James Gee on learning through video games

The takeaways from the video (bullet pointed for expediency):

  • “A video game is just an assessment.”: One major insight for educators is that video games don’t separate learning from assessment. It makes assessment fun and gives players constant feedback on their performance. Continue reading
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One quibble about Chris Nodder’s UX Fundamentals course

[For Rob] All in all, Chris Nodder’s User Experience Fundamentals for Web Design course on Lynda.com was very helpful for getting me to think about how I would like to approach building a web-based product/service (more on that later). But one bit of advice Nodder mentions twice over two hours bothered me enough that I woke up this Saturday morning irked by it, so permit me to get this off my chest.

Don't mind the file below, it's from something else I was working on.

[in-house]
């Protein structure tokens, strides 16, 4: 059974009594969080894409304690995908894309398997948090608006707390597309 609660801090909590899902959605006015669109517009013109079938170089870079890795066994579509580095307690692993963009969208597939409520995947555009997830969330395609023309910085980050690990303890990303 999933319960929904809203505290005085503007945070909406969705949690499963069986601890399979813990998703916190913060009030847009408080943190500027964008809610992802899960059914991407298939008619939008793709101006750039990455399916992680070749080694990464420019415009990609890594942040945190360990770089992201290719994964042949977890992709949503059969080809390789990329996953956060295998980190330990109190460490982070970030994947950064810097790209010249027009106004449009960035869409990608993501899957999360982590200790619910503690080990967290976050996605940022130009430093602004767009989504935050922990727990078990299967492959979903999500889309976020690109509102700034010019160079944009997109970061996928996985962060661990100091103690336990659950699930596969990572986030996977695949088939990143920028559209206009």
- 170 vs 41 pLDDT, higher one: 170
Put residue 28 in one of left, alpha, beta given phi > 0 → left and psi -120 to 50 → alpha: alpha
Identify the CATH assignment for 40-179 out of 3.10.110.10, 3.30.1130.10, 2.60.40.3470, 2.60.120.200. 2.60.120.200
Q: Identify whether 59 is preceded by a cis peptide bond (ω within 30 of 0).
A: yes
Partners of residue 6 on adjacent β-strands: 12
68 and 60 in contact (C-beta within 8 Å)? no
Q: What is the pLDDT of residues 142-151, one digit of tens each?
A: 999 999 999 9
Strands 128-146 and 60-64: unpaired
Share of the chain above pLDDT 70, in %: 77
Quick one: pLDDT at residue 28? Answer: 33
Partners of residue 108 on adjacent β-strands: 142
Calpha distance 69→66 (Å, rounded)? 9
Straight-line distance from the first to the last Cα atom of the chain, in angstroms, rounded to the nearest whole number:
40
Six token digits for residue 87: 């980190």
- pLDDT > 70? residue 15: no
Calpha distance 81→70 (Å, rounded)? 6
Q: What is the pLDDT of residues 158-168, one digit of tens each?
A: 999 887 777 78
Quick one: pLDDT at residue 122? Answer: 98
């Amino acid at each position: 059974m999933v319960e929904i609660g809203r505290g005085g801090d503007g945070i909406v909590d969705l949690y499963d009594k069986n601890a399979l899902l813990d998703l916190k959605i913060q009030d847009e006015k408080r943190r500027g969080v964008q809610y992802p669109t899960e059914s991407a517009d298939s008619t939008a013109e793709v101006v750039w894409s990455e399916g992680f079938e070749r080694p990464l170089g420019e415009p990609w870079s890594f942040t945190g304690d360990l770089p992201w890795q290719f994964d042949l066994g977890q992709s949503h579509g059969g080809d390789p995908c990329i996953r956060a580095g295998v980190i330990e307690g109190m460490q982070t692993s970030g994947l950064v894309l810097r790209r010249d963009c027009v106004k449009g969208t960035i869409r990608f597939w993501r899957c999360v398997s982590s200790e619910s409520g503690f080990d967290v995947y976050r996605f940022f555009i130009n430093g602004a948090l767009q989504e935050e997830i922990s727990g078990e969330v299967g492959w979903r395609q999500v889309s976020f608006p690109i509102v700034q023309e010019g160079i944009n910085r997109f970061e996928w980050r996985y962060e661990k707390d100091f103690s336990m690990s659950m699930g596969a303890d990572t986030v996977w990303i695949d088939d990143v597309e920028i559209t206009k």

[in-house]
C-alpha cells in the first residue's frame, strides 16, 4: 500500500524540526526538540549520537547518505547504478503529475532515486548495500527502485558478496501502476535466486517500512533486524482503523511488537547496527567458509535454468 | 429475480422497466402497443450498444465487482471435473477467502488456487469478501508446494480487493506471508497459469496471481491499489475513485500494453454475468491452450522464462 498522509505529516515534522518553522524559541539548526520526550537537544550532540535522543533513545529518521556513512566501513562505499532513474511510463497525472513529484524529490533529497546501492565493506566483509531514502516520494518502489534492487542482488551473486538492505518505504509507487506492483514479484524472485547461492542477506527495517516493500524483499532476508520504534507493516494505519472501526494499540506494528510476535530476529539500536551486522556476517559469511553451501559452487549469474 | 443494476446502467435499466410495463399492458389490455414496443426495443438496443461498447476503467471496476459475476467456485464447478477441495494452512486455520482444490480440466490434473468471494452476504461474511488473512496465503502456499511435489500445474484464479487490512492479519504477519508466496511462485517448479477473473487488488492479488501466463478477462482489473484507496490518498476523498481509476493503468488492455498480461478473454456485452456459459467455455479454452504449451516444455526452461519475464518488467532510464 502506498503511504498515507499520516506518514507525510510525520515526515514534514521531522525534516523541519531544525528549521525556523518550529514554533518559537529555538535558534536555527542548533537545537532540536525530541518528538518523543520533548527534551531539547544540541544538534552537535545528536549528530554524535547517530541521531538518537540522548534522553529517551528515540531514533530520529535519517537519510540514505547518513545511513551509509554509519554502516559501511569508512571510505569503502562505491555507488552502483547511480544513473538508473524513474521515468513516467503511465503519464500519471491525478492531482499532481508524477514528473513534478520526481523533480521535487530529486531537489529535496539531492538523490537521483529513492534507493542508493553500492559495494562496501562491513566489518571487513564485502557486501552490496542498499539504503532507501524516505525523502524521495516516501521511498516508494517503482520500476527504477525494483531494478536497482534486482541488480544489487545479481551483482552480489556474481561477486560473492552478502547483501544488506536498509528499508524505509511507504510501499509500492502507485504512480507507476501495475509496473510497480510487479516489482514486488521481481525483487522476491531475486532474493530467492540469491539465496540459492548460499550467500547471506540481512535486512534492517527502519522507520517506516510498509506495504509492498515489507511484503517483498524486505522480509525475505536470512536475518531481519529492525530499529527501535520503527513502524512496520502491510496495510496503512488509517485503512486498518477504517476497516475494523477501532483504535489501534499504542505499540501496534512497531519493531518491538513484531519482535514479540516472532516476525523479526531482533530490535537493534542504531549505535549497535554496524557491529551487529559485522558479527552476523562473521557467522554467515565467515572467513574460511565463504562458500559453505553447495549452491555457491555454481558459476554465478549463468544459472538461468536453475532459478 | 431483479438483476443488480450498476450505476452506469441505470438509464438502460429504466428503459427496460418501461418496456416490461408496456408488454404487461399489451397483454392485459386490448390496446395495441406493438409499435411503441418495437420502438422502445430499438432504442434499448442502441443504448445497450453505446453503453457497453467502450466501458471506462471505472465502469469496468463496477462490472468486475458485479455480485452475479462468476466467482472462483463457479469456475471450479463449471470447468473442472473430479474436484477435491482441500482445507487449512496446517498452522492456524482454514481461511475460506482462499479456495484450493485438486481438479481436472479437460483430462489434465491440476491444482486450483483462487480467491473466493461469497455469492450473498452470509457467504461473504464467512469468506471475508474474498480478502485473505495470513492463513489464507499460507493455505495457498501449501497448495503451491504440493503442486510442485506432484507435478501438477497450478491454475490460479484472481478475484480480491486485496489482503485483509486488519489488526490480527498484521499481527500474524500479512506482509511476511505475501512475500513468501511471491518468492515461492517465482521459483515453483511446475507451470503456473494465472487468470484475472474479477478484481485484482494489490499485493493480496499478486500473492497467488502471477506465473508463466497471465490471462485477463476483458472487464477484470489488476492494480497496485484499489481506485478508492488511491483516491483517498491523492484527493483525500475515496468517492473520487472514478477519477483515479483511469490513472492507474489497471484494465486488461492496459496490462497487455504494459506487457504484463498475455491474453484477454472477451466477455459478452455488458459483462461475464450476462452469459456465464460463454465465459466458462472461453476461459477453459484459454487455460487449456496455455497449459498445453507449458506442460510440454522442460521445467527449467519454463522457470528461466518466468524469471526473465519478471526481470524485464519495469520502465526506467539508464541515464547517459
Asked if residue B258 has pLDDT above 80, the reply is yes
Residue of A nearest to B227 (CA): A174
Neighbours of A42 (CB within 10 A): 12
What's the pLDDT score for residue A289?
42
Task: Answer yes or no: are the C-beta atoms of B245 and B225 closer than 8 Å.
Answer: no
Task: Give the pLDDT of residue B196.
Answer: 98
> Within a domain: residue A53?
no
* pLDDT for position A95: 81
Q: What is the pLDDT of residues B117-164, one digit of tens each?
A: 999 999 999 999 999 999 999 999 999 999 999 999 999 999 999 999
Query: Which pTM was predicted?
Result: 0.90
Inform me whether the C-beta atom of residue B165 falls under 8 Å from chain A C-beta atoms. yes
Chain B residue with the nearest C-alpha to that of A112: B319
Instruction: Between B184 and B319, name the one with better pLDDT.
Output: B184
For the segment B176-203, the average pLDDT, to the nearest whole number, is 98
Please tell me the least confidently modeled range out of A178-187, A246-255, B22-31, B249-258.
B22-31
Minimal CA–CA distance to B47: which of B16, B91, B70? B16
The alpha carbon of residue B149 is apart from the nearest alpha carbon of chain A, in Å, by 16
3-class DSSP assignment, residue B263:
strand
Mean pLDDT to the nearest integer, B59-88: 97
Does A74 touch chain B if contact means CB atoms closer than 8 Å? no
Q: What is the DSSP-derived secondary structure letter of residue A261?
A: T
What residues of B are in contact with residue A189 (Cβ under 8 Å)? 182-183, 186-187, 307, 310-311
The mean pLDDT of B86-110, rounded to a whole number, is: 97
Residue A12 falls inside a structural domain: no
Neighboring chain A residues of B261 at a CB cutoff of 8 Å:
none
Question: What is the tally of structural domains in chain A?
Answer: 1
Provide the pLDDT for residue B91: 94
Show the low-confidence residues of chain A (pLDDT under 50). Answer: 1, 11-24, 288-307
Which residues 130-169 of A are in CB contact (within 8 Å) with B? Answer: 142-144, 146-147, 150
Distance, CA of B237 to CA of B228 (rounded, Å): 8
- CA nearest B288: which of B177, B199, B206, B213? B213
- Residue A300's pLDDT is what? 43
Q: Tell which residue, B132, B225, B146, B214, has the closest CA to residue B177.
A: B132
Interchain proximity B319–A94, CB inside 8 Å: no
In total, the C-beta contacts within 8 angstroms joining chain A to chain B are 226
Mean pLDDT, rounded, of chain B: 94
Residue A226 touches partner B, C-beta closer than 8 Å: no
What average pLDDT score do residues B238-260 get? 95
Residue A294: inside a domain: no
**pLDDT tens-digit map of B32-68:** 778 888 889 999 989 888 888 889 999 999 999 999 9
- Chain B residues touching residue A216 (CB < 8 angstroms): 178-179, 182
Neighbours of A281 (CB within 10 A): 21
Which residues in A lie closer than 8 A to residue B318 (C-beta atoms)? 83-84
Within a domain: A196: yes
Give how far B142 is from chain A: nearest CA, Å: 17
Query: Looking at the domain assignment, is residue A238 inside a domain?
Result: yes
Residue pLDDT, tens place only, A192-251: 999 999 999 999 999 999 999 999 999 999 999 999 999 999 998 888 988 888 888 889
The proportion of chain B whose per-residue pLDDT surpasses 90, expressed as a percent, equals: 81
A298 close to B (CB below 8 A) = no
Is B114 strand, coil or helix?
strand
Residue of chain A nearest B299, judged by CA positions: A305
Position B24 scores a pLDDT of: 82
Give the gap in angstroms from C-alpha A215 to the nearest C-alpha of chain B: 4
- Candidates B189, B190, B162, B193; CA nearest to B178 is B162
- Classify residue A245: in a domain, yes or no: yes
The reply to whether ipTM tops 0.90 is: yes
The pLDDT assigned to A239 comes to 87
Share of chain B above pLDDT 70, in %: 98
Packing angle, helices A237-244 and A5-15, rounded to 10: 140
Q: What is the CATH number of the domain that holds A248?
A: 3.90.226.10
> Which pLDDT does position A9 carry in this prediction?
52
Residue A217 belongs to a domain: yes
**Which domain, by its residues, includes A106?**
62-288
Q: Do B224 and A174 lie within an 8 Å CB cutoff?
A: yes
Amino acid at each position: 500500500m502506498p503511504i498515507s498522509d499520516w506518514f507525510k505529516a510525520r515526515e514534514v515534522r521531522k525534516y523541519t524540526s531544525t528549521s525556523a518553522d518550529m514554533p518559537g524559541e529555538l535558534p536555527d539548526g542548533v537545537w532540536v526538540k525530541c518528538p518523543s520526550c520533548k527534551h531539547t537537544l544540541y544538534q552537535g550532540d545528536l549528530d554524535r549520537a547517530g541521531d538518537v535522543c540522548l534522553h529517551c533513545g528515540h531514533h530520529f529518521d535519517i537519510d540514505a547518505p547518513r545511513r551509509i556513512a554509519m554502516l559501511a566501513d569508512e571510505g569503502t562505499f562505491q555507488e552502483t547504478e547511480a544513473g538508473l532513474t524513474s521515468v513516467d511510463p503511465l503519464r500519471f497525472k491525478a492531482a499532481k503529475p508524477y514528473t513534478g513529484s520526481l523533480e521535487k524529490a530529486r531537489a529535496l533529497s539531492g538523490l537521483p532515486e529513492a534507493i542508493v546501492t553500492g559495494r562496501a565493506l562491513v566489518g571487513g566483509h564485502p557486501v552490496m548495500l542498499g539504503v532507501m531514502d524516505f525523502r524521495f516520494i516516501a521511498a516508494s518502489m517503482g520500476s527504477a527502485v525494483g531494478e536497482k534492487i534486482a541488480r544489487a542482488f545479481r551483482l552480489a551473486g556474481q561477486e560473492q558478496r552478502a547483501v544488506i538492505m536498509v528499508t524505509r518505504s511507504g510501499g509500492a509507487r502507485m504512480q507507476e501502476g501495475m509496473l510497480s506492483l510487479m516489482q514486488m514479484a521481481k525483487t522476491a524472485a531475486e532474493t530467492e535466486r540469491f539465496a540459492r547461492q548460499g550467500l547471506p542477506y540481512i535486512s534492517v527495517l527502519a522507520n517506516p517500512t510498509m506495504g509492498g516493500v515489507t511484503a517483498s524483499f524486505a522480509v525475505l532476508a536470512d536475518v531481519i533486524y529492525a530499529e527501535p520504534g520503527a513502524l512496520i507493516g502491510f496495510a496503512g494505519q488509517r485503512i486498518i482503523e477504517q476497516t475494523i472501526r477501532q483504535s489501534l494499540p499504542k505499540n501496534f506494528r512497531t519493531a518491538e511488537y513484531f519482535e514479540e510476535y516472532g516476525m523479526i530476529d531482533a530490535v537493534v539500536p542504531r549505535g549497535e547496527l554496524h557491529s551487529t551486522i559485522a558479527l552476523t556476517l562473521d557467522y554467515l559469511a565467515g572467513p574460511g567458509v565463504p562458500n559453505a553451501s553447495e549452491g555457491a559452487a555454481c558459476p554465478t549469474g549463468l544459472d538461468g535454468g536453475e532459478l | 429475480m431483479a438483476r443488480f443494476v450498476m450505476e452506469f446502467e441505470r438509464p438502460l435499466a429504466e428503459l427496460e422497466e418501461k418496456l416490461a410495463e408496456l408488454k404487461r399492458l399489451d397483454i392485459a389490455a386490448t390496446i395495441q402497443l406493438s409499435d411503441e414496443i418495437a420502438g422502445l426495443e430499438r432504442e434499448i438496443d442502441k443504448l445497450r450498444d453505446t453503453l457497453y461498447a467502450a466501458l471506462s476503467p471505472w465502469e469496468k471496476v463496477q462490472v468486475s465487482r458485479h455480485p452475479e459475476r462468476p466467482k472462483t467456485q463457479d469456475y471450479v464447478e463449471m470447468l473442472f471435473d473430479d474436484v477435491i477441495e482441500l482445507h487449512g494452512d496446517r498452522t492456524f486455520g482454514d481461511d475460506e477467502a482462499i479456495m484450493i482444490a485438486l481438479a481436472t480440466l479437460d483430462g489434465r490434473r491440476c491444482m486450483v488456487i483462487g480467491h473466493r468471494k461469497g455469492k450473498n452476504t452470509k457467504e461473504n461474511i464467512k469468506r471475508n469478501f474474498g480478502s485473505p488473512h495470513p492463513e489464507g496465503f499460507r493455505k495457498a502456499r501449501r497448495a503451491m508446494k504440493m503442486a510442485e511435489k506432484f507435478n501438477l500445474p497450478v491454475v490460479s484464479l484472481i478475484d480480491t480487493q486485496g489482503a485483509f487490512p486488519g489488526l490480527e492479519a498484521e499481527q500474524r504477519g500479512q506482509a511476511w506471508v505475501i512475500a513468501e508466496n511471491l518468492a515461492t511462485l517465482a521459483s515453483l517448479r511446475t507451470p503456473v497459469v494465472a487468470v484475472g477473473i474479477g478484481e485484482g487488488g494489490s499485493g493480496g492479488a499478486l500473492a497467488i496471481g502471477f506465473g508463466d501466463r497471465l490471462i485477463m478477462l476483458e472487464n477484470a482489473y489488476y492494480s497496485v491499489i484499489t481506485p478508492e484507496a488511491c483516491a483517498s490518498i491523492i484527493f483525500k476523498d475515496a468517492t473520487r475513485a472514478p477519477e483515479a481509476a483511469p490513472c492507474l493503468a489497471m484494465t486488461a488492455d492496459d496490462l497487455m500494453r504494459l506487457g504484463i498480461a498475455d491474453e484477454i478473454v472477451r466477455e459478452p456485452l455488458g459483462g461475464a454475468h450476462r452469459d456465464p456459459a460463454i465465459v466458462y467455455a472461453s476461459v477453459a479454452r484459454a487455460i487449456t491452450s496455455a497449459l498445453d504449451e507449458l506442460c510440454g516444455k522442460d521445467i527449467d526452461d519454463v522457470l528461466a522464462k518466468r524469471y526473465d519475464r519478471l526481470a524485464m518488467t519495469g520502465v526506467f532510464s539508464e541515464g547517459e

Did you catch how he buttresses his tip to keep web copy short and simple by citing “the Oppenheimer study”? Apparently, the study proves that readers tend to judge authors who use complex language as being of low intelligence. As someone highly sensitive to matters of language (and who knows that there are studies and then there are “studies”), I looked up the article. READ IT. Really.

Of course: websites that are trying to get visitors to take action in some form or another should be clear and concise. And I agree that academic writing should not be pretentious or stilted. But please let’s not cite the Oppenheimer study to argue these points.